Organizing at Walmart: Lessons from Quebec's Women

Stéphanie Mayer, Yanick Noiseux

Abstract


The job market has undergone fundamental changes over the last thirty years. The decline in permanent, stable, full-time employment and an increase in the number of non-standard workers transformed workers' collective organization and union representation. Based on a study of the collective struggles of women employed at Walmart in Quebec and taking into consideration the interrelated effects of non-standard workers' work and living conditions, the paper explores the ways in which organized labour can adapt to the new context. Two types of data were used: newspapers and academic literature and the results of a study in which eleven women working at Walmart were interviewed between 2010 and 2012. This case study is divided into three parts. In the context of the tertiarization of Quebec's employment market, the effects of the flexibilization of labour at Walmart are first presented through statistical evidence and the comments of the women interviewed. The next section provides an overview of the UFCW's union battles with Walmart, including some of the more successful campaign strategies. The final section focuses on participant testimonies to examine what can be learned from these union experiences in the hopes of contributing, insofar as possible, to the discussion on union renewal.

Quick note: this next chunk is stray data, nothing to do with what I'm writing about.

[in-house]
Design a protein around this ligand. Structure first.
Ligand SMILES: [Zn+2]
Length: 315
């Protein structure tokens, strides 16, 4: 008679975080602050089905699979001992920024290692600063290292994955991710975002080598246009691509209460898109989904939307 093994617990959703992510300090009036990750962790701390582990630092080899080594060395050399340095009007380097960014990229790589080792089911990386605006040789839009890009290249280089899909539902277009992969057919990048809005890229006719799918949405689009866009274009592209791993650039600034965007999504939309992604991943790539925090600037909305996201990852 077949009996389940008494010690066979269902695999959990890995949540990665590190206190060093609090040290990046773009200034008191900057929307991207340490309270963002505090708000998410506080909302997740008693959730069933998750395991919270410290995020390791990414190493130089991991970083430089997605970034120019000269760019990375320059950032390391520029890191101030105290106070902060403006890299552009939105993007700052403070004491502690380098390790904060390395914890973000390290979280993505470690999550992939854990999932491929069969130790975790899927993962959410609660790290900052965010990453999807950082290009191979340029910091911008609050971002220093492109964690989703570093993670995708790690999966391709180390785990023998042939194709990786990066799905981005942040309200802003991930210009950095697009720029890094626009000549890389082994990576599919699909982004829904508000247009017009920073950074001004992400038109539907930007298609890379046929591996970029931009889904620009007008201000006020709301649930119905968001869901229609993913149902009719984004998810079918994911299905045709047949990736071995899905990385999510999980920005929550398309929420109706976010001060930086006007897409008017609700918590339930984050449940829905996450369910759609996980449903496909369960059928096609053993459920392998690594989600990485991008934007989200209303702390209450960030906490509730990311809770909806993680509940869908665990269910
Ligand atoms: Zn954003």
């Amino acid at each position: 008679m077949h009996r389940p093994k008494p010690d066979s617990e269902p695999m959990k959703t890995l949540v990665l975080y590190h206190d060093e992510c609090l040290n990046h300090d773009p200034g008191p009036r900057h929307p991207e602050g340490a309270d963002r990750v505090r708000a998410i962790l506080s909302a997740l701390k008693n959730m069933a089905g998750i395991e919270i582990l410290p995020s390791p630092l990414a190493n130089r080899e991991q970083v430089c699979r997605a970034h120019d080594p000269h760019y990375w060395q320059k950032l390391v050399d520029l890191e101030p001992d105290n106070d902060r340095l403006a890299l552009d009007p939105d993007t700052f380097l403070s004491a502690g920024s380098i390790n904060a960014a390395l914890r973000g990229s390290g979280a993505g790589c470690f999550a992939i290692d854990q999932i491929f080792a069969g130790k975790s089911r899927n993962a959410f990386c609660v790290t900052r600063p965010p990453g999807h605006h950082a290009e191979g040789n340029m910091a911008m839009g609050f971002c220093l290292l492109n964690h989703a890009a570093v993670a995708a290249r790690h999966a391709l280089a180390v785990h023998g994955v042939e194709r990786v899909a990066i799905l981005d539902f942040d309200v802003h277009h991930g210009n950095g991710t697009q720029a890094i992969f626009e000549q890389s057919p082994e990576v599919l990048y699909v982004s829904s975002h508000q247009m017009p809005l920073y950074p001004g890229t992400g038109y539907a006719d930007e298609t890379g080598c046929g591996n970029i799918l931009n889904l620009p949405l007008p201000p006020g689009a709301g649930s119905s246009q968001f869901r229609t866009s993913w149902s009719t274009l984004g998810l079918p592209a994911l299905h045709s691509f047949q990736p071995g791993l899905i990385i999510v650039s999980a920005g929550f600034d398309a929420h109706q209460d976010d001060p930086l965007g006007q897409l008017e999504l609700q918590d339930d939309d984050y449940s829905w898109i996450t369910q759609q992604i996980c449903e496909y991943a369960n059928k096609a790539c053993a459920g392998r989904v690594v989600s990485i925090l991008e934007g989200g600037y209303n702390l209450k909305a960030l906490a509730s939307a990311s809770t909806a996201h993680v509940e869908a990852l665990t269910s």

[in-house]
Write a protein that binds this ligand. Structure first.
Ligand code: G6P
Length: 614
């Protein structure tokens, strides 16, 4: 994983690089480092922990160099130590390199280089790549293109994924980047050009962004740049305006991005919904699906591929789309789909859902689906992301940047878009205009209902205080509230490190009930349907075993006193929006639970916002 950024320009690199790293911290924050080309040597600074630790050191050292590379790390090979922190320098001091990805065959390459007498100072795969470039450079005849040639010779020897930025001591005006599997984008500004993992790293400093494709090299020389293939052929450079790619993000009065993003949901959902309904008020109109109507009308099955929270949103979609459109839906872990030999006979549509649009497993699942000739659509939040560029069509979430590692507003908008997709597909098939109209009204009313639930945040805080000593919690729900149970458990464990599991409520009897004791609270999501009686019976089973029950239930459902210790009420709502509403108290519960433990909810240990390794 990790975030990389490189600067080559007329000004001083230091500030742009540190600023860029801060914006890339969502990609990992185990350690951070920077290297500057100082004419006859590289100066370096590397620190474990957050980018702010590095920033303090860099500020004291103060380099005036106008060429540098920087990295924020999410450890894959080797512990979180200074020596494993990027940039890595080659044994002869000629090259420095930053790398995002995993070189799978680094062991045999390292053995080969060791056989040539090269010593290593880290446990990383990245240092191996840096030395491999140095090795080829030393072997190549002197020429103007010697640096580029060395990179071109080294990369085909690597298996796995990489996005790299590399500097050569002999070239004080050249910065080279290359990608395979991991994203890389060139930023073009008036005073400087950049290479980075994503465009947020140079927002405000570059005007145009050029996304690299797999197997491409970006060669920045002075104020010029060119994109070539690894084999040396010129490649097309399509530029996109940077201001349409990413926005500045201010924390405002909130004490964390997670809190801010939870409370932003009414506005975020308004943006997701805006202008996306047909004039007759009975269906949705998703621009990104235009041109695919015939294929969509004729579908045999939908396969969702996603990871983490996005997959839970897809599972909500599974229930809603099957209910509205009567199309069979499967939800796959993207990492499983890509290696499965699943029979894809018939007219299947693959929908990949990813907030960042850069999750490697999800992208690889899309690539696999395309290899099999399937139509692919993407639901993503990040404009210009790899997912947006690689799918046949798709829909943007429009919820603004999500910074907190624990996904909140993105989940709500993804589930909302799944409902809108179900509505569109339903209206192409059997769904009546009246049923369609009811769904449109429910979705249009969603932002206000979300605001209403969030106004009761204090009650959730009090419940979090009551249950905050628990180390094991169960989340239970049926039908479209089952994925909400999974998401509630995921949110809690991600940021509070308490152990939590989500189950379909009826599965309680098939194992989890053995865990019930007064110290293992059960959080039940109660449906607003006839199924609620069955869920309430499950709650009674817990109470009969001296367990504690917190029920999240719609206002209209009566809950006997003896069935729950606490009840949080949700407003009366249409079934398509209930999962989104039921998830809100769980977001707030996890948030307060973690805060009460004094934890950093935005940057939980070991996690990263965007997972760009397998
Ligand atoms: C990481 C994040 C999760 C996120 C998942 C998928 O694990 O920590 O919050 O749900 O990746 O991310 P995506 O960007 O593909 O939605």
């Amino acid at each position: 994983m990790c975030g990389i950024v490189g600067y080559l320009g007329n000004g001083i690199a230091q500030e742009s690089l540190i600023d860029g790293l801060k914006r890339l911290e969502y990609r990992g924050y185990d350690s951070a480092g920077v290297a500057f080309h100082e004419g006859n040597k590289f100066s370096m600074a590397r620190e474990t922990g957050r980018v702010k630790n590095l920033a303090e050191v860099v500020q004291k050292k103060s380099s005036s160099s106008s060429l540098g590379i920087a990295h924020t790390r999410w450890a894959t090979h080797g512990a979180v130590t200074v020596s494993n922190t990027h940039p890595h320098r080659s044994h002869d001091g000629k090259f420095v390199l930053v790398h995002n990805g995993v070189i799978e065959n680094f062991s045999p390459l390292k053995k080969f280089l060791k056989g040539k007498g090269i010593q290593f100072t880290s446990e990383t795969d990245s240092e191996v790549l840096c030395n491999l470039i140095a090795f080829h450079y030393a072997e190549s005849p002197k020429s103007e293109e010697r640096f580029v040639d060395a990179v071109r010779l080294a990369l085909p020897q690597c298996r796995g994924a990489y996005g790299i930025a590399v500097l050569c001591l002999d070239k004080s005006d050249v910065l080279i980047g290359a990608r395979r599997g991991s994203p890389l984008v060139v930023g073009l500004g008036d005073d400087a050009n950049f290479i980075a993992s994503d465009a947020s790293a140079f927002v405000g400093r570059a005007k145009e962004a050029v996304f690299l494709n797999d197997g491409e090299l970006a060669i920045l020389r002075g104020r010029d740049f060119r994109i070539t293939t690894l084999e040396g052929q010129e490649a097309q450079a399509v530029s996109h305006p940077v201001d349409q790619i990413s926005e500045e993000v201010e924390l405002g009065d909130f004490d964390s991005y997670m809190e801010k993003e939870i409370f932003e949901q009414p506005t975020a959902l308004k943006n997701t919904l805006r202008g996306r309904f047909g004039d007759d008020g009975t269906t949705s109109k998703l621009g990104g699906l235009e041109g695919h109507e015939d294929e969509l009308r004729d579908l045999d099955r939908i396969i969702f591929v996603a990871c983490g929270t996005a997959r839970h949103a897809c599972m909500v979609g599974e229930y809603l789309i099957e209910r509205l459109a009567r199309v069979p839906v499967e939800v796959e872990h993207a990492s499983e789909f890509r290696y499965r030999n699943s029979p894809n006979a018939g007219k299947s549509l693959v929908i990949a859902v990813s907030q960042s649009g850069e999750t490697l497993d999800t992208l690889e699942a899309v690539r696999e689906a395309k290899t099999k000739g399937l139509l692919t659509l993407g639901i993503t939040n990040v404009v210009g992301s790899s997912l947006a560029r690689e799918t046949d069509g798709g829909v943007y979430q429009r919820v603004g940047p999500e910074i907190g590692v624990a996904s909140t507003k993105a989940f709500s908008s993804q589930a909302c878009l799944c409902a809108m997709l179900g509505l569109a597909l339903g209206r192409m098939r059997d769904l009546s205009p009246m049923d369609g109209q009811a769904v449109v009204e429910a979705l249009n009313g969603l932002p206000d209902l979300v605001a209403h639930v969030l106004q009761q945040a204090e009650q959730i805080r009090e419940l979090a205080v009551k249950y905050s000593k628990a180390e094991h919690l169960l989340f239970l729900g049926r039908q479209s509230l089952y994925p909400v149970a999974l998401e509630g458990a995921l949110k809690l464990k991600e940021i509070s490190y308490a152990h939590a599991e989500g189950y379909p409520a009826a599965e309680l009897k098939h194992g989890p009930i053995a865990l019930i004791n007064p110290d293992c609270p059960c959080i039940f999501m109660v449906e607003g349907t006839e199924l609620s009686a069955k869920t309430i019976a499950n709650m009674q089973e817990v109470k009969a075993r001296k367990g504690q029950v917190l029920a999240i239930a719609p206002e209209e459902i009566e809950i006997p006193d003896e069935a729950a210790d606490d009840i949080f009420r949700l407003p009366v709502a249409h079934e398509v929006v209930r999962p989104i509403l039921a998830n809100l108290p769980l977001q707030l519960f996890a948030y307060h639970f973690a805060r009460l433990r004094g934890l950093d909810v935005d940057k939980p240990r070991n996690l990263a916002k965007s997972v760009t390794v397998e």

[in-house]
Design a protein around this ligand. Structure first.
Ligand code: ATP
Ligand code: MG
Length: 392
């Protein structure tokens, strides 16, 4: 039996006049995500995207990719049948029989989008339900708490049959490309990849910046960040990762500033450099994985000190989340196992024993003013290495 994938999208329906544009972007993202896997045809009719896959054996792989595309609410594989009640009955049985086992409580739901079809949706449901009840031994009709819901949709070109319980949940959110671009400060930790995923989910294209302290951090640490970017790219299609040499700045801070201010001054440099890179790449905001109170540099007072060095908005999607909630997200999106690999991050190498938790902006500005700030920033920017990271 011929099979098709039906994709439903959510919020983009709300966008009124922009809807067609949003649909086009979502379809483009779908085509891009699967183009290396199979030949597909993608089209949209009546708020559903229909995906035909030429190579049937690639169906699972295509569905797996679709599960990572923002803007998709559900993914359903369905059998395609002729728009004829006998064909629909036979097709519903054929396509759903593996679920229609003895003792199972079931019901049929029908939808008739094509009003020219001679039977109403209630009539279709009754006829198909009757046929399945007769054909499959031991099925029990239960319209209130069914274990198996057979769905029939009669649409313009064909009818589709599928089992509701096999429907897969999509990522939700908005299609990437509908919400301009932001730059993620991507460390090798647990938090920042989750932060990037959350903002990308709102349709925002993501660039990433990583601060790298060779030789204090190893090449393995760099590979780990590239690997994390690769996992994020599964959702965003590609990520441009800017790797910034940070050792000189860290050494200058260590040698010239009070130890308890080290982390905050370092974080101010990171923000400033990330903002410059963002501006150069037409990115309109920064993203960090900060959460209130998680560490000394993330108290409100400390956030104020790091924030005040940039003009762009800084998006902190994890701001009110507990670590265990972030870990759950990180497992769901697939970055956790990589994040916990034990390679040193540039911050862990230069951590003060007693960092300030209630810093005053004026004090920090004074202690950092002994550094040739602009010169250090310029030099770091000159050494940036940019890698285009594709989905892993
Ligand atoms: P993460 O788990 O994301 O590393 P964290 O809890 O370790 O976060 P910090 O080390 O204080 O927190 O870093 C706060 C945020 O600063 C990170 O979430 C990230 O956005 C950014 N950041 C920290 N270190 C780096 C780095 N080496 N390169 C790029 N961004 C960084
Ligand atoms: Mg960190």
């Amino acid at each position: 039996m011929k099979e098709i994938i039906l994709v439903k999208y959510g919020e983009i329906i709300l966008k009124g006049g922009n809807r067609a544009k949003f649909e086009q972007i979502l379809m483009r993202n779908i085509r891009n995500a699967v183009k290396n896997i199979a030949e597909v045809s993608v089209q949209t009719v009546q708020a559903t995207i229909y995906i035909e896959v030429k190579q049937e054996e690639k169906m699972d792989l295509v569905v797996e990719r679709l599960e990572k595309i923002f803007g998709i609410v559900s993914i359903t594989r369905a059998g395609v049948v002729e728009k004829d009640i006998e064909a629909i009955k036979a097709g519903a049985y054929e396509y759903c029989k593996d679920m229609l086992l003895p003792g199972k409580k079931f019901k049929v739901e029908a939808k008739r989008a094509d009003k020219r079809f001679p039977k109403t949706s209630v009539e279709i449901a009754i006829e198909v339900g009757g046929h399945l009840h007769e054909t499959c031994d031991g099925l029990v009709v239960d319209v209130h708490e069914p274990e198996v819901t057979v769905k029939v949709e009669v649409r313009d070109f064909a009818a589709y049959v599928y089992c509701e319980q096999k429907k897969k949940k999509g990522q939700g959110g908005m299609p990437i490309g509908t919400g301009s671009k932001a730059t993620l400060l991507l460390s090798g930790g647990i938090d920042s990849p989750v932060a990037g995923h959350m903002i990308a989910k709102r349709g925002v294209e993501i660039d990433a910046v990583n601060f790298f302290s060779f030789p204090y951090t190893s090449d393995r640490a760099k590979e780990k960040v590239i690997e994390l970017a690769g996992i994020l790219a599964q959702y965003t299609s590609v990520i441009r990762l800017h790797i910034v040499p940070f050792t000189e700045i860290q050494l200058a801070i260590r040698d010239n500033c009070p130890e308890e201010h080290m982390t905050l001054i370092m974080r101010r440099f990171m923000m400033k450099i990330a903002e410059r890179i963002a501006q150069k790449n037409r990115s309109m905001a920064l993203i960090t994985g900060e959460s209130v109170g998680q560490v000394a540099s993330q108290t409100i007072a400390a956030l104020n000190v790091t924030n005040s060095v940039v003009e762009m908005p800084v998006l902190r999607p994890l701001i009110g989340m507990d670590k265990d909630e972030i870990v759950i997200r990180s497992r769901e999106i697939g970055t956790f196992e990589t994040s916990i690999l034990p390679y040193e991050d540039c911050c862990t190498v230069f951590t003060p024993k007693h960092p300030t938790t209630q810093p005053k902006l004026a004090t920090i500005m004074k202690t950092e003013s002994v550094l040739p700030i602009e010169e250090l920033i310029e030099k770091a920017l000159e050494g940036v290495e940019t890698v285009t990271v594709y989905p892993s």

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DOI: http://dx.doi.org/10.15173/glj.v6i1.2455


Stéphanie Mayer
Laval Université
Canada

Biographical note: Stéphanie Mayer has started in 2012 a PhD in Political Science at Université Laval under the supervision of Diane Lamoureux. Her thesis focuses on the feminist theorizations of heterosexuality. Her fields of interest concern social movements, political subjectivities and feminist theories. She is a member of the Quebec Network of feminist studies (RéQEF).

Yanick Noiseux
Université de Montréal
Canada

Biographical note: Yanick Noiseux is Assistant Professor in the Department of Sociology at Université de Montreal. His work focuses on the renewal of trade unionism, the transformation of work and social policy in the context of globalization. Codirector of the interdisciplinary and inter-university research group on employment, poverty and social protection (GIREPS) and member of the Centre for Studies on Integration and Globalization (CEIM), he’s currently conducting research on collective organization on peripheral labor markets in Canada and India.